Back in the days of driver’s education, we all heard the same tips to make our cars safer to drive. Wear a seatbelt, perform regular car maintenance, make sure your tires have enough traction, and check your windshield wiper fluid. These are all key tools that keep your car ready for the open road, but they aren’t the only ways to make your car safer. Here are a few strategies you might not have thought of before.
Adjust Your Seat
Airbags prevent nearly 45,000 deaths a year. However, if you are not seated correctly in your car, this safety device can cause injuries and even death. Keeping the seat too close to the steering wheel is one source of potential danger. You should be no closer than ten inches to the steering wheel. If you find that you can’t reach the pedals if you are further back, consider reclining the seat instead of pulling it back.
Cleaning the Interior of Your Car
A dirty car isn’t just unpleasant—it’s unsafe too. When you get in a car crash, anything that’s not secured will usually continue to travel at the same speed a car was just moving at. In other words, clutter in your car will go flying, posing a risk to you and your passengers. This is especially true in the event of a rollover. Clutter in the driver’s seat also runs the risk of rolling under the pedals, which prevents them from working properly.
However, there are unseen dangers in a dirty car as well. We spend hours upon hours in our car every year, yet despite all that time and activity, we often don’t take the time to wipe down surfaces or vacuum seats. This can cause bacteria such as mold, E. coli, and Staphylococcus to form, according to one study. Taking the time to clean your car’s interior isn’t just about not being embarrassed when guests get in your car—it’s essential to your safety.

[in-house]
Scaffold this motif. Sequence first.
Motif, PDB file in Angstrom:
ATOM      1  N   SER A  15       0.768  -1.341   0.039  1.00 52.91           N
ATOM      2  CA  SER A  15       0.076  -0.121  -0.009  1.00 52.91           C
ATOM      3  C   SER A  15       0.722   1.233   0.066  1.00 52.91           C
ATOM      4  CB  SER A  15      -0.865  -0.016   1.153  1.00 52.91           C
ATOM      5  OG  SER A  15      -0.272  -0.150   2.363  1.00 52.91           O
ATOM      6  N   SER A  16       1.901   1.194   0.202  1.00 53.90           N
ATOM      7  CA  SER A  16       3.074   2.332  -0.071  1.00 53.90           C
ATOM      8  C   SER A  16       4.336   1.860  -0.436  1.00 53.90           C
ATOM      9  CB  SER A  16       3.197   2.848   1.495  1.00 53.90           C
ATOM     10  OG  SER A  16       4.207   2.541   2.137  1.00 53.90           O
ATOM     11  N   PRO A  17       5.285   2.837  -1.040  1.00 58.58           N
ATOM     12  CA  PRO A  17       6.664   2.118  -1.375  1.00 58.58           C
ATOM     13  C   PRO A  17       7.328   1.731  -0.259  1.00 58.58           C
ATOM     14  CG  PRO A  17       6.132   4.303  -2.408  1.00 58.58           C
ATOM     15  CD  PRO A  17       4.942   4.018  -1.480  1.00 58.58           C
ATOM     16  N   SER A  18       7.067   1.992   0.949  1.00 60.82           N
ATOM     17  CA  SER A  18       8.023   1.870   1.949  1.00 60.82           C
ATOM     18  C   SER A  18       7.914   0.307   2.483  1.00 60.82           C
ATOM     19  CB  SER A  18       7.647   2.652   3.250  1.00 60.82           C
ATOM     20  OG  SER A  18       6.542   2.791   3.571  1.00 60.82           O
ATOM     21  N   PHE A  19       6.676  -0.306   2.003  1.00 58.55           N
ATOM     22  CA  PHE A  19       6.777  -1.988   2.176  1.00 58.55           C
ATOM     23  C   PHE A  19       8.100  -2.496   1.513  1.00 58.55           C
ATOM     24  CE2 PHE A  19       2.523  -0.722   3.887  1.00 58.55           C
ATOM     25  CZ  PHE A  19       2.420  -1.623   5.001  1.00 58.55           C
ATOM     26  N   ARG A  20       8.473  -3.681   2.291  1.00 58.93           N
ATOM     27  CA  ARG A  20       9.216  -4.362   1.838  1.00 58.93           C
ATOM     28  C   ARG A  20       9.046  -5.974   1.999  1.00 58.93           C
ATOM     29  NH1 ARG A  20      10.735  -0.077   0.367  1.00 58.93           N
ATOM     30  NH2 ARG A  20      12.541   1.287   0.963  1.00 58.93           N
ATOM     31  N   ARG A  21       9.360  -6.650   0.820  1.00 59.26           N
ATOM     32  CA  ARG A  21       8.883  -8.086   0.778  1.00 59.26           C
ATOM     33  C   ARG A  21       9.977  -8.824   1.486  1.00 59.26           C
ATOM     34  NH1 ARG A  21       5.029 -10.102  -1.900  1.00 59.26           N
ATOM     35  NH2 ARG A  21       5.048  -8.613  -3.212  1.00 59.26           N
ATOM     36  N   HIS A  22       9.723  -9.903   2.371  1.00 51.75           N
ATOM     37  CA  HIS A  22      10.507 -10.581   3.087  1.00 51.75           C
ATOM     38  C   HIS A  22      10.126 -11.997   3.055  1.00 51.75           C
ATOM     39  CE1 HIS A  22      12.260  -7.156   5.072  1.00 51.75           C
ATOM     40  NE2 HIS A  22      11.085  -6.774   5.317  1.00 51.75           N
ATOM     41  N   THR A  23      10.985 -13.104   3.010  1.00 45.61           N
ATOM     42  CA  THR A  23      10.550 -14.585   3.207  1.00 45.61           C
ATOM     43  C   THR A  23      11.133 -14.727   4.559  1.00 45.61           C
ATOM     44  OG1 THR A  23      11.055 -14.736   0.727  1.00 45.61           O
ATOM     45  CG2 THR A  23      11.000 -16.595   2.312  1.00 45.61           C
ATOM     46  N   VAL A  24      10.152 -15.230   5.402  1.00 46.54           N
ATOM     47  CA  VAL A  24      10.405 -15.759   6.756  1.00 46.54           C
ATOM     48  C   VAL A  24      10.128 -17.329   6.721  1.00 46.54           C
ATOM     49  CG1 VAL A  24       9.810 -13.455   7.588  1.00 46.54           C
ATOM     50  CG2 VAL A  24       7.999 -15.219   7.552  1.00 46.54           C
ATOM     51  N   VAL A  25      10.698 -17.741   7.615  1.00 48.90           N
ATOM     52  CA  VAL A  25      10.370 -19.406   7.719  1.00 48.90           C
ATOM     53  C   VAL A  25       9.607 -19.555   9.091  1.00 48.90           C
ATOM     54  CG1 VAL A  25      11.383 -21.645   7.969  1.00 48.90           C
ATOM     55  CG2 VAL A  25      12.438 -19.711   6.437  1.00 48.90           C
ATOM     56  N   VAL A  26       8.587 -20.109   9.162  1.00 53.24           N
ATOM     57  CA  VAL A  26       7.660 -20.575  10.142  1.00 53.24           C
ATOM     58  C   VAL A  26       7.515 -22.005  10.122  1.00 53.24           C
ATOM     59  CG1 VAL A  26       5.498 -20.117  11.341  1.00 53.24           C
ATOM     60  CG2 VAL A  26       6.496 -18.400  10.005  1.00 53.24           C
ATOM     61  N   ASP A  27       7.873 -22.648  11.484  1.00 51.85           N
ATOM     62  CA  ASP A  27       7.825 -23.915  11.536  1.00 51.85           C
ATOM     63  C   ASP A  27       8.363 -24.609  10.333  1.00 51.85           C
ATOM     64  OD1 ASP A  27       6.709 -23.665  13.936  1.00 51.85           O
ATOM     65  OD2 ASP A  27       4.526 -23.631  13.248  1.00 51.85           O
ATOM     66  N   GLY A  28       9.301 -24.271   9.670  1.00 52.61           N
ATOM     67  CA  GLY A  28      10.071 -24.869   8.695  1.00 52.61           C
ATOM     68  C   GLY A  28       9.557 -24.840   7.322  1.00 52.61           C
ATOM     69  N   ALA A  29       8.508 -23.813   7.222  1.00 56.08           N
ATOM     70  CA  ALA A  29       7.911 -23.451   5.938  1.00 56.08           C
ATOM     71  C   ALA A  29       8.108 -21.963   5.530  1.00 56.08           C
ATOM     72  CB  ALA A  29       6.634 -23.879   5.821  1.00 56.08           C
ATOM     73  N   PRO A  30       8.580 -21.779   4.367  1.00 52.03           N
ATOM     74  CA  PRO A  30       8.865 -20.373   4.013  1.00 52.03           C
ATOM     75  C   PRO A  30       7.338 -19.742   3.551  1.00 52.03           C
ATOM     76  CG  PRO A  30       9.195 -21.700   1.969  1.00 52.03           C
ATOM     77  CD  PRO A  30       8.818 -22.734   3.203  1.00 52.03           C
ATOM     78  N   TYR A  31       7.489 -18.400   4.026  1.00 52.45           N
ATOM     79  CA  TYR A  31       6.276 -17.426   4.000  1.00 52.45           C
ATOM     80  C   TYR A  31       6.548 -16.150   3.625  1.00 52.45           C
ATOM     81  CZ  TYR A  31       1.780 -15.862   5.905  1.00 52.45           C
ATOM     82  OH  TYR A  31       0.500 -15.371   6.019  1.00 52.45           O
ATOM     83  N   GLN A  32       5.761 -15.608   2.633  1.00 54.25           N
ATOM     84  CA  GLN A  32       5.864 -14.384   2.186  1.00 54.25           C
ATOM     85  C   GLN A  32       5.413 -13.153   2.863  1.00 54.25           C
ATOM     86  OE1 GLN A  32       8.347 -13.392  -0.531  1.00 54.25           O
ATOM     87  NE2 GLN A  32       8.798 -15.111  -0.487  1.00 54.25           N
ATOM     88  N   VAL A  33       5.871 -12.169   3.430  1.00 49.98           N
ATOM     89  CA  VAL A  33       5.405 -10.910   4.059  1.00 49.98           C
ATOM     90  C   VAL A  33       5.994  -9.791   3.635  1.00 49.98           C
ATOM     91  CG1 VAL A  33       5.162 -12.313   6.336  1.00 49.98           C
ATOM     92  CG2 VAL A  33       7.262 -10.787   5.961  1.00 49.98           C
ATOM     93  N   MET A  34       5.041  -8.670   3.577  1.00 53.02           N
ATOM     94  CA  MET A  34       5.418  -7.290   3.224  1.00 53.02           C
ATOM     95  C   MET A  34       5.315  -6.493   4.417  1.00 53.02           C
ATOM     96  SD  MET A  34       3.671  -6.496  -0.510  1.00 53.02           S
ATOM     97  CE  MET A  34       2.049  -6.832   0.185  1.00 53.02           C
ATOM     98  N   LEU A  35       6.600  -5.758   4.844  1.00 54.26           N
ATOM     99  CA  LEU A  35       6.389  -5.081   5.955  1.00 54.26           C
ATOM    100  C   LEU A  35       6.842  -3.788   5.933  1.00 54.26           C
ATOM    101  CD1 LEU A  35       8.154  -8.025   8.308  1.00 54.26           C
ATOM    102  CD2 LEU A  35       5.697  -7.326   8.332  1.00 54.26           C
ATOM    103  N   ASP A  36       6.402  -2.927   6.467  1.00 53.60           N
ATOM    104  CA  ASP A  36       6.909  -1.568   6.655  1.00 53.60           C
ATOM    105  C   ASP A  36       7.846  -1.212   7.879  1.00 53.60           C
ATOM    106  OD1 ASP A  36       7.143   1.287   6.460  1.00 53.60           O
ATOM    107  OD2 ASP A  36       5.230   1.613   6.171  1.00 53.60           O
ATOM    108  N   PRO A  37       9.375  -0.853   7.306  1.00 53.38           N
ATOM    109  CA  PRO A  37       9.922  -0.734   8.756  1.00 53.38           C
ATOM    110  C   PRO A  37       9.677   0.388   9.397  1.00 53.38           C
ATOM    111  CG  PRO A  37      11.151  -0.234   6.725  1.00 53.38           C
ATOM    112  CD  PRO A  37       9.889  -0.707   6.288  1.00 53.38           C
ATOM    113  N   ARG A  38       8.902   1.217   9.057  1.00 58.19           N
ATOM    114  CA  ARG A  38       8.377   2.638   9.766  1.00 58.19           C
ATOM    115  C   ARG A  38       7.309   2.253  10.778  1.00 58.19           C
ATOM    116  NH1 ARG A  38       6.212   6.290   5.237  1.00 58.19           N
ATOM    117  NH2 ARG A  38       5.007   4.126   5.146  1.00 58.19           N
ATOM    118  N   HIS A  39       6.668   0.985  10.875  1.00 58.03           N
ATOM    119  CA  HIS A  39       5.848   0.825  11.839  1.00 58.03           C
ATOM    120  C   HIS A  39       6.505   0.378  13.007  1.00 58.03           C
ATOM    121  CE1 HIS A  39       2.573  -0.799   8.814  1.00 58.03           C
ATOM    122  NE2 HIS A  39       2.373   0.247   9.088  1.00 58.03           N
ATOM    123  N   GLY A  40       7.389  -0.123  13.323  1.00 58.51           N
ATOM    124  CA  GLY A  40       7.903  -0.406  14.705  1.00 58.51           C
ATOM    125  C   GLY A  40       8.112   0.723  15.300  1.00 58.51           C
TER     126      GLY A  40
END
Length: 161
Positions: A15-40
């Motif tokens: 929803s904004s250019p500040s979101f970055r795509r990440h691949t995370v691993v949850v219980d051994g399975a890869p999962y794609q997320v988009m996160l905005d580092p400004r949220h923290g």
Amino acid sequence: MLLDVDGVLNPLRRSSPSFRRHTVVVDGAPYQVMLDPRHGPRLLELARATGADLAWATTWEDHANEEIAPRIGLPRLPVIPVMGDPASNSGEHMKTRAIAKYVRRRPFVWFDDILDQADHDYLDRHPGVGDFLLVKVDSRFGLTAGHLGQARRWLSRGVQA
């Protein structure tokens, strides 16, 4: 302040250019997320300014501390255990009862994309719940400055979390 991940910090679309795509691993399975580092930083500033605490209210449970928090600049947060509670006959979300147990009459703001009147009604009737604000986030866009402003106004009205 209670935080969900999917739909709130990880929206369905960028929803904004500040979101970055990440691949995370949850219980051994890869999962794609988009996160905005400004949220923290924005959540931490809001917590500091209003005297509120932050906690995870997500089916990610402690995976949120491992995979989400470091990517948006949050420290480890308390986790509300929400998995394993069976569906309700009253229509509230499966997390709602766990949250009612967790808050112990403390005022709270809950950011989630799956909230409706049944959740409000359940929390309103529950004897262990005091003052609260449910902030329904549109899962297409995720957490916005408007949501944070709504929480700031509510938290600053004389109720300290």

Sand in the Winter
If you have a car with rear-wheel drive and you live in a climate where it snows, you probably know the danger of spinning out more than most people. Luckily, there are ways to make spin-outs less likely. Obviously, installing snow tires or snow chains and practicing defensive driving practices are a must, but adding a few bags of sand to the back of your car can also help prevent spinouts. Sandbags won’t keep cars with front and all-wheel drive from spinning out, but keeping a small amount of sand or kitty litter in the car can be a Godsend if your car gets stuck in a snowbank. The extra traction may be just what you need to get out safely.
We all learned valuable ways to make our cars safer in driver’s education, but our knowledge of car safety doesn’t have to end there. The more we drive, the more tips and tricks we learn to keep our cars and roads safer.